QUESTION: All right. Can I just ask on the embargo situation? Are you now saying that what you’re trying to do is just extend the embargo and not go for snapback? As you are well aware, there is growing impatience among certain people in this town who are not well disposed to the nuclear deal – impatience that you guys are not trying to invoke, or not yet moving to snapback all of the UN sanctions.

So my question is: Is that still an option? Do you – invoking snapback – or are you just looking to extend the arms embargo after October?

MR HOOK: Well, we – even before the Europeans had announced that they would be doing the dispute resolution mechanism, we had already begun notifying publicly the dangers of letting this expire. And so our decision on this to renew the arms embargo and the need to renew it predates the E3 doing the dispute resolution mechanism, so I wouldn’t necessarily connect those.

What I’d say in answer to your question is what the President has said in early January, that he would like to see the members of the Iran nuclear deal join our effort and leave the deal and then join our effort to get a new and better deal that will address not just the missile – the nuclear program, but also the missiles and the regional aggression and the hostage-taking.

And so now that Iran has violated the nuclear deal, I think five times now, that caused the Europeans to invoke the dispute resolution mechanism, there isn’t much left of the deal to preserve. It’s going to start expiring in October, and the regime has violated it many times. We’re enjoying some very good success with our foreign policy, denying the regime the money that it needs to fund its proxies at the levels that they’re accustomed to and to fund its own operations. So we think that more nations should join our foreign policy, and the President has called for that.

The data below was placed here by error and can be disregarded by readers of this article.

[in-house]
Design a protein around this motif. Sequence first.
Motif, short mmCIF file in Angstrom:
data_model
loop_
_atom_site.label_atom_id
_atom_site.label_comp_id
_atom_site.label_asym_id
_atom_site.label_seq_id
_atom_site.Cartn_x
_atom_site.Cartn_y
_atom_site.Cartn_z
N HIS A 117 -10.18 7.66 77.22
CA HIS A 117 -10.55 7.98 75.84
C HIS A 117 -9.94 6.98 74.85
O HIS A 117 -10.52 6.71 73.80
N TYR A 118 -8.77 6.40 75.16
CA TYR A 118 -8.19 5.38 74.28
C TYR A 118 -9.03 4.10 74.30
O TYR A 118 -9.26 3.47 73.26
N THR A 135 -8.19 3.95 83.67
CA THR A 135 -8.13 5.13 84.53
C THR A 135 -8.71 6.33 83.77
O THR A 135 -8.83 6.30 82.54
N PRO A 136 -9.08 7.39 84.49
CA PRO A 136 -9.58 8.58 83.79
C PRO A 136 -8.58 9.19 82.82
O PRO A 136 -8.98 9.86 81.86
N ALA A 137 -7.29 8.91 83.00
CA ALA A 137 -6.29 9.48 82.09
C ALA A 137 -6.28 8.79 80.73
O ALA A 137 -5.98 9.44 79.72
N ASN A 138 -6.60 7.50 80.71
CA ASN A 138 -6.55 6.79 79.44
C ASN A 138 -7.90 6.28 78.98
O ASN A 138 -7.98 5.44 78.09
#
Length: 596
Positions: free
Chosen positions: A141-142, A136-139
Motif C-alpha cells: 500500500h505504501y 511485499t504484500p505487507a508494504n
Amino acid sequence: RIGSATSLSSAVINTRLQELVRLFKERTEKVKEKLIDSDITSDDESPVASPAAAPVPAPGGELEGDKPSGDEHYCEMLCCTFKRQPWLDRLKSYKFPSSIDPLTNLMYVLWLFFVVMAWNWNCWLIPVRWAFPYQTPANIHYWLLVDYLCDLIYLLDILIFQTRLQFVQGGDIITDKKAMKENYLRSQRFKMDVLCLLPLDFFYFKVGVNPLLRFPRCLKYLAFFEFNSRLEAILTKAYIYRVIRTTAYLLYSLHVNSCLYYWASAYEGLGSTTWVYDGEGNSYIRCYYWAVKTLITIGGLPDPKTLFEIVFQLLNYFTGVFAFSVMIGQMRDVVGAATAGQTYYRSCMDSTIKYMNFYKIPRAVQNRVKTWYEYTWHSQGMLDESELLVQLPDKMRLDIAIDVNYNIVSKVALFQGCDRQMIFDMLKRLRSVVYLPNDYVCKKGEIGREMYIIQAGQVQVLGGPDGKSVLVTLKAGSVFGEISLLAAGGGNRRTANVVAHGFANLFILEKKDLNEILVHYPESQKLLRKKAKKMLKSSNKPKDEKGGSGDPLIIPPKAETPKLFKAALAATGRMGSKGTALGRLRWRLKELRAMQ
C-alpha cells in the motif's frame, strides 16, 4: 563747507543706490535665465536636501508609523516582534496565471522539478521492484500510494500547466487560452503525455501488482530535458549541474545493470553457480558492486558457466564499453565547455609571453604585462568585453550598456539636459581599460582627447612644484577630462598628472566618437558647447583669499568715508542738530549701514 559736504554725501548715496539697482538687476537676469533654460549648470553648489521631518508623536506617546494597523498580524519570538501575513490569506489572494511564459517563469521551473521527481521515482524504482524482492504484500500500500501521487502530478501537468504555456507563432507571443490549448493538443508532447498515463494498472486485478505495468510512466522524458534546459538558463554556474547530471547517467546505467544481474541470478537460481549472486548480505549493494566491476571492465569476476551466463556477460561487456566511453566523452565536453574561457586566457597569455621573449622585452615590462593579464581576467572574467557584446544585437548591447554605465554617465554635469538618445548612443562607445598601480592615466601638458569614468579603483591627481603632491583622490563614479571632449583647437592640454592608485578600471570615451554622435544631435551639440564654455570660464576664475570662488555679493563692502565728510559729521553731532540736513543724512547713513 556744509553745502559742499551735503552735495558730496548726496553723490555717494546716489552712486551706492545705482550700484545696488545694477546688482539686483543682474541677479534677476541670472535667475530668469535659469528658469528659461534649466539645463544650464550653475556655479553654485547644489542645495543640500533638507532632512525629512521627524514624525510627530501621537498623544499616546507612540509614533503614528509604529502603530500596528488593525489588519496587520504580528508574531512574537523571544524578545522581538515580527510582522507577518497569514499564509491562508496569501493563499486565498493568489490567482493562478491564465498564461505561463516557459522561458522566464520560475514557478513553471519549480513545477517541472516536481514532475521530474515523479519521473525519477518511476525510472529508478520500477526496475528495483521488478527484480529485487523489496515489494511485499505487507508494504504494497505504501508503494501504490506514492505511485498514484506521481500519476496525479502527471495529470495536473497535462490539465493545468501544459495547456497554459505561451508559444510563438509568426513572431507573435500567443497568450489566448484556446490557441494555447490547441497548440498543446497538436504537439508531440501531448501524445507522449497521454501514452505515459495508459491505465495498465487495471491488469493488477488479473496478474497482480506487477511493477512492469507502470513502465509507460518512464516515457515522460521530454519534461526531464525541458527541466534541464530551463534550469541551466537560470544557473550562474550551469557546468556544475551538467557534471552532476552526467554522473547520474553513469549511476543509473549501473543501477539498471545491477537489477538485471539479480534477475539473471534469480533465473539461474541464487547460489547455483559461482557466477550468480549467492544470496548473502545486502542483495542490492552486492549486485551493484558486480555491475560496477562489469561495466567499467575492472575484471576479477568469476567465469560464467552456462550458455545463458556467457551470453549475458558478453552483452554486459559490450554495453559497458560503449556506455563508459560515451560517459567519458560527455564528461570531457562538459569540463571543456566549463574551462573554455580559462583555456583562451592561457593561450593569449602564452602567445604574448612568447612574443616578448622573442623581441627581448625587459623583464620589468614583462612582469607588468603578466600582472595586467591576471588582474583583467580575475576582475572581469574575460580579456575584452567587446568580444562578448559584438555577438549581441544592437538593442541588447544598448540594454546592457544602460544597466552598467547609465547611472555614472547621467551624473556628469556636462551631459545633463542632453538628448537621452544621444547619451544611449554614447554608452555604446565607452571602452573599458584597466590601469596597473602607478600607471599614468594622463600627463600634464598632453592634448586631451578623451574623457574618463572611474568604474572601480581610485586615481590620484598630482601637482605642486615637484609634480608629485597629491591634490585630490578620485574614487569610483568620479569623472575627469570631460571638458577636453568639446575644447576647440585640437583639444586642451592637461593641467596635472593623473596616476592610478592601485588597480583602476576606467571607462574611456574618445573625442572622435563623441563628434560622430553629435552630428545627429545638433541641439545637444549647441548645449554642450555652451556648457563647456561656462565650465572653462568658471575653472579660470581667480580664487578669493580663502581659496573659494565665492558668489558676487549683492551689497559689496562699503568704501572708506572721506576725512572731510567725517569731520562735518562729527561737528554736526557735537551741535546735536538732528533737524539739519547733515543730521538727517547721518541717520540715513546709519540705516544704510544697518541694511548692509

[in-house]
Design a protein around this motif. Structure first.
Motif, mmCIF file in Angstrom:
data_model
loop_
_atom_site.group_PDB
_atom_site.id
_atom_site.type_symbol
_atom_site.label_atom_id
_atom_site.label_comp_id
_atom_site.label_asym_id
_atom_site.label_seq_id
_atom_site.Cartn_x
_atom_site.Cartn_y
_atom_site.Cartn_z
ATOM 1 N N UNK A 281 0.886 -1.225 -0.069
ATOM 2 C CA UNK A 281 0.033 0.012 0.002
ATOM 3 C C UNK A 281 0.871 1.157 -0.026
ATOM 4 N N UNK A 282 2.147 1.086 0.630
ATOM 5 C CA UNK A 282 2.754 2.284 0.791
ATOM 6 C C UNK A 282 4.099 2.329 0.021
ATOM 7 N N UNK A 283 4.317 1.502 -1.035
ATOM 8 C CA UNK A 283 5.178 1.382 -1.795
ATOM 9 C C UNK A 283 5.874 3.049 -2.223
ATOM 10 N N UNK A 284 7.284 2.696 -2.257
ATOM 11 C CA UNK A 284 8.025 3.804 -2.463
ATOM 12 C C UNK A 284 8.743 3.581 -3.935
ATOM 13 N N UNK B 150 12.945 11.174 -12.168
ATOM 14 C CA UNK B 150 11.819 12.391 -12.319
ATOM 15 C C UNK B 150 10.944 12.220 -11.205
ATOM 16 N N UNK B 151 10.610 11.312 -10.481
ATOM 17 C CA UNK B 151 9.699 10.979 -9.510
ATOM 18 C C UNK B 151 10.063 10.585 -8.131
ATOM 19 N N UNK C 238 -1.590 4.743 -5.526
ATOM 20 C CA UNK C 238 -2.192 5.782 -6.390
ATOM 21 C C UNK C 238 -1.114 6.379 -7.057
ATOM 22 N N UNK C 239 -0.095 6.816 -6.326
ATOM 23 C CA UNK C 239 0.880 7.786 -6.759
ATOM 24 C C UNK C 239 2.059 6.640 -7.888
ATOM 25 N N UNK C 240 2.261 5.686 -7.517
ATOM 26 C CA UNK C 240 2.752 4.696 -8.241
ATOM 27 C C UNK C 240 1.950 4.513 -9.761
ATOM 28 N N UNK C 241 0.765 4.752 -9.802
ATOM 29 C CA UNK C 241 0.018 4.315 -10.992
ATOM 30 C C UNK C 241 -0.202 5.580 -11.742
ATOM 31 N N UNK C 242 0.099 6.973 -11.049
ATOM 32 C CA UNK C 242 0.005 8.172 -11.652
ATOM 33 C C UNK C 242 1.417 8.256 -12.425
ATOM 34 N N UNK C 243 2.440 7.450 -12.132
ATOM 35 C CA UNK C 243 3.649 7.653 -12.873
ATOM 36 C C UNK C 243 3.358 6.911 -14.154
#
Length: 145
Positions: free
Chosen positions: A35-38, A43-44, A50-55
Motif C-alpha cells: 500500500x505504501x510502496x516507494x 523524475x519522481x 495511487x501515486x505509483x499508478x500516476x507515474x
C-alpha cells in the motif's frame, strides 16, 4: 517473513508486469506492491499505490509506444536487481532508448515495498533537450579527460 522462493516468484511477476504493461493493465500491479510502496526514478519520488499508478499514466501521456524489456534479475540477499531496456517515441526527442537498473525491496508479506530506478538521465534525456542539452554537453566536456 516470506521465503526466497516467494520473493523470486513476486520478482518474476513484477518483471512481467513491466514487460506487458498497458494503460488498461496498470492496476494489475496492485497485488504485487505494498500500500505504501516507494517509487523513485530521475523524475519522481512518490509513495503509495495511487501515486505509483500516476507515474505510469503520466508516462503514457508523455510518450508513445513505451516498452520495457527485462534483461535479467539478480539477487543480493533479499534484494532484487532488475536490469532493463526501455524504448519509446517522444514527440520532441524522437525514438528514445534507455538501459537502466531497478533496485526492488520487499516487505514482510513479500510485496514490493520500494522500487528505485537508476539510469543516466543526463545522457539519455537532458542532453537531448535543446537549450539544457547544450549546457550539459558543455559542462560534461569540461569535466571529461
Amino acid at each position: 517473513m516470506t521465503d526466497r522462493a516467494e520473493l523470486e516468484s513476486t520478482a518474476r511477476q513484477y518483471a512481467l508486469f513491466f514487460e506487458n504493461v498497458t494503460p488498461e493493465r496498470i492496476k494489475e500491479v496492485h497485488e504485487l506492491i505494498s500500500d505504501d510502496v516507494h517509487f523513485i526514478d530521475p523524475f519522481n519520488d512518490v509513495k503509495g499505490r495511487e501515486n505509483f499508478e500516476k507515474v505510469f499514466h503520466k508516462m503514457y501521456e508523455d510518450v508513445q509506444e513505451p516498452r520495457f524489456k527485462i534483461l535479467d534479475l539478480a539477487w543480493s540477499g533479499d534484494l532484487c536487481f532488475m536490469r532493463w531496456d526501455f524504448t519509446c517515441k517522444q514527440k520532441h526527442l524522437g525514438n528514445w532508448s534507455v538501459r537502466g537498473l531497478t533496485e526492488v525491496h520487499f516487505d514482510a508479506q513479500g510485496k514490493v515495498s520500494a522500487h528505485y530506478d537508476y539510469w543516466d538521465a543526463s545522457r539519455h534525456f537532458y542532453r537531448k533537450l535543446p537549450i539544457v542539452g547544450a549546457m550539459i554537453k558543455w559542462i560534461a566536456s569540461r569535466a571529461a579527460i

MR BROWN: Nadia.

QUESTION: Thank you. Brian, when you say that the election has been decided in secret in the last 41 years, is this – do you have, like, tangible evidence of that? And does this include also, like, what they perceive as moderate presidents like Khatami and the rest? And if there’s any specific evidence about this current election – I know it’s not presidential, it’s council.

MR HOOK: Well, the Guardian Council has been – this is not the first time the Guardian Council has disqualified candidates. This is what they’ve been doing on a regular basis. Jannati has been there since 1980. He is an unelected official who determines the people that Iranians get to vote for. And this is, by name, an Islamic republic, and yet disqualify half of the people who want to run for its parliament. And it’s Article 6 of the constitution that sets forth that “the country’s affairs must be administered by reliance on the public vote,” and “through elections.” But they aren’t – you can’t truthfully call them elections when half of the people who want to run are disqualified by an unelected few.

So we are – I mean, Iran likes to sort of have it both ways. They like to run this theocratic, corrupt, religious mafia running a country, but they like to present it to the world as a republic. And this is largely the role that Javad Zarif plays for the regime. It was interesting to me to note that – I did this Google search last night on search results, and under Ahmad Jannati you get about 69,000 search results, and under Javad Zarif you get over 4 million. And this is the way the regime likes it, because it likes to present a face of the regime that is very pleasing to Western audiences, but the beating heart of the regime are men like Ahmad Jannati.

MR BROWN: Humeyra.

QUESTION: Hi, Brian.

MR HOOK: Hi.

QUESTION: Can I ask about the humanitarian channel that you guys have announced a while ago? You said at the time that you were talking to other companies and countries. Has there been any further shipments? Has anybody else used that channel to send medicine and other supplies to Iran?

MR HOOK: We were able to get the first transaction through a few weeks ago, which we were very pleased to do, getting in cancer treatment drugs. I talked about them here from the podium. We have at least two more companies that we are in specific talks with.